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Current Status and Development of Plant Pest Information Management System in Taiwan
Ying Yeh
Deputy Director General
Bureau of Animal and Plant Health Inspection and Quarantine
Council of Agriculture, Executive Yuan, Taiwan ROC, 2008-01-15

Abstract

This paper discusses the efforts of the Taiwan government in coming up with a comprehensive plant pest management network that will provide farmers with services such as comprehensive monitoring, immediate reporting, accurate diagnosis and efficient management to prevent the problems and damages caused by plant diseases and pests in recent years, as well as to ensure a safe agricultural environment and promote plant health in the country. Some of the measures adopted by different institutes in Taiwan include strengthening of import quarantine and inspection, development of detection and diagnosis technology, establishment of a nationwide plant pest monitoring and reporting system, development and promotion of effective prevention and control methods, collaborated control of important plant diseases and pests, and strengthening of farmer and public education.

Key words: Plant pest information management system, exotic insect pests, Taiwan ROC

Introduction

Located in the subtropical zone, Taiwan is known for its high-temperature climate, humidity, and complex terrains. The farming land ranges from tropical rainforest climate to temperate zone at high altitudes. Complicated by intensive multiple cropping, Taiwan has long been threatened by plant diseases and pests which are important limiting factors to its agricultural production. With the liberalization of agricultural trade and the accession of Taiwan to the World Trade Organization (WTO), imports of agricultural products to Taiwan have been increasing greatly, resulting in the high risk of invasion by exotic plant diseases and pests. Thus, problems and damages caused by these diseases and pests have become more important in recent years. Various measures have been taken to ensure a safe agricultural environment in Taiwan and to promote plant health. The measures include strengthening of import quarantine and inspection, development of detection and diagnosis technology, establishment of a nationwide plant pest monitoring and reporting system, development and promotion of effective prevention and control methods, collaborated control of important plant diseases and pests, and strengthening of farmer and public education.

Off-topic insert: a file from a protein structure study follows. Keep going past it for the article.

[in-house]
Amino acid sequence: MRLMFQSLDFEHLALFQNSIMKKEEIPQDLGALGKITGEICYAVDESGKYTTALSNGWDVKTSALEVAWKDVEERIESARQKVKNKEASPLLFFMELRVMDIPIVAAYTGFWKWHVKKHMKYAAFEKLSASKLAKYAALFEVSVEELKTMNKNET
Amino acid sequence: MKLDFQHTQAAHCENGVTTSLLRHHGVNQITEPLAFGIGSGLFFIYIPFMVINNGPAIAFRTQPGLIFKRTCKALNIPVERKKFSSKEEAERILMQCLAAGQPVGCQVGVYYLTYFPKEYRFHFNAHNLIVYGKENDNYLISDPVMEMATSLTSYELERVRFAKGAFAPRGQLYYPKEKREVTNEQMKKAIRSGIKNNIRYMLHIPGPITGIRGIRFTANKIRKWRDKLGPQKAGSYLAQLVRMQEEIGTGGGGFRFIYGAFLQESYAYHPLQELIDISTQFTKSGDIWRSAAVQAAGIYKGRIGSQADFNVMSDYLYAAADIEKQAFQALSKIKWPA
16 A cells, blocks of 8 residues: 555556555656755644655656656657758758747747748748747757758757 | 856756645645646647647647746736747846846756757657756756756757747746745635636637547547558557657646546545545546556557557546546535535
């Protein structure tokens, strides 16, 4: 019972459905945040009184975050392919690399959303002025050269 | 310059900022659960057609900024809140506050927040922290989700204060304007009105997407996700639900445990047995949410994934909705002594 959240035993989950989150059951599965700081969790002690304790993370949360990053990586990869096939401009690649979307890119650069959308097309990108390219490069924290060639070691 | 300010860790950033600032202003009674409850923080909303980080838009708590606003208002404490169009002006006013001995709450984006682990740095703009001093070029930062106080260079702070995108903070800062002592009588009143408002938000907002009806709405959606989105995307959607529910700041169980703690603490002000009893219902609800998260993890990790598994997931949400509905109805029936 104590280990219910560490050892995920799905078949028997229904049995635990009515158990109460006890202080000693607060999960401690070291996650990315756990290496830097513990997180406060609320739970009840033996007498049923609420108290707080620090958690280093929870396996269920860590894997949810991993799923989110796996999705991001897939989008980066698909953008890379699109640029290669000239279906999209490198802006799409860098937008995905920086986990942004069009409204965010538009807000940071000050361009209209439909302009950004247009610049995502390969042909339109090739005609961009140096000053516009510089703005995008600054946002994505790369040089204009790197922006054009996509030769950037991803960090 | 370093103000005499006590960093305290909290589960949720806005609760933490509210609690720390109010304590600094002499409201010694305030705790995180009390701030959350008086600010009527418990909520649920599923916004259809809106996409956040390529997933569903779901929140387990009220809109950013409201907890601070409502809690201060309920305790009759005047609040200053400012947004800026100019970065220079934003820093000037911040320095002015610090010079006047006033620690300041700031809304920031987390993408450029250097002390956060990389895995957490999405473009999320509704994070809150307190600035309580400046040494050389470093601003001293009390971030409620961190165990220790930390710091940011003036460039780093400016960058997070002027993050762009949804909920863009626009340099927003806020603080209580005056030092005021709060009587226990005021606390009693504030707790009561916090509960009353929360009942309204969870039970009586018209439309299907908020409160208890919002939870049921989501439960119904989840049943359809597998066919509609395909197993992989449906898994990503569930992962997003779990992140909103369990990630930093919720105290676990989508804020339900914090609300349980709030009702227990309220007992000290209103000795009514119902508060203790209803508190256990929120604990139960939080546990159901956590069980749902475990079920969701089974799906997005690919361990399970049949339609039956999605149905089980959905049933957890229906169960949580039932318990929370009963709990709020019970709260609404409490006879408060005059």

In the past three decades, several invasive plant pests have been found, such as Pomacea canaliculata, Bursaphelenchus xylophilus, and papaya ringspot virus. These have severely affected the ecological environment of Taiwan and increased the cost of agricultural production dramatically. Based on past experiences, the occurrence of plant diseases and pests could often be traced and their spread effectively contained if their situation can be monitored and the damages prevented with concurrent employment of preventive measures in a timely manner.

Development of Plant Pests Surveillance in Taiwan

The efforts of Taiwan in plant pests monitoring began in the 1960s when the "early alert of rice diseases and pests" program was implemented. To protect the production of rice, the most important food source in Taiwan, the former Joint Commission on Rural Reconstruction (JCRR, currently the Council of Agriculture) coordinated with the district agricultural improvement stations (DAIS) of the Taiwan Provincial Government. Together, they conducted rice disease and pest monitoring and occurrence prediction work on all rice production areas in Taiwan. In 1974, the banana export of Taiwan reached a record high in history, with 8 million cartons of bananas exported from Taiwan to Japan. A banana disease and pest early warning system, which was under the supervision of the Taiwan Banana Research Institute (TBRI), was then established for monitoring of diseases and pests of banana in the Kaohsiung and Pingtung areas. In 1994, in order to reinforce the prevention and control of oriental fruit flies, melon fly, common cutworm and beet armyworm, the Taiwan Agricultural Research Institute (TARI) and the Taiwan Agricultural Chemicals and Toxic Substances Research Institute (TACTRI) cooperated to set up a monitoring program for pest density and distributed the population density newsletter of those pests to extension workers and farmers. Ninety-six monitoring sites were established around Taiwan, systematically surveying pests occurrence and conducting data analysis to provide related information of the pests to farmers promptly.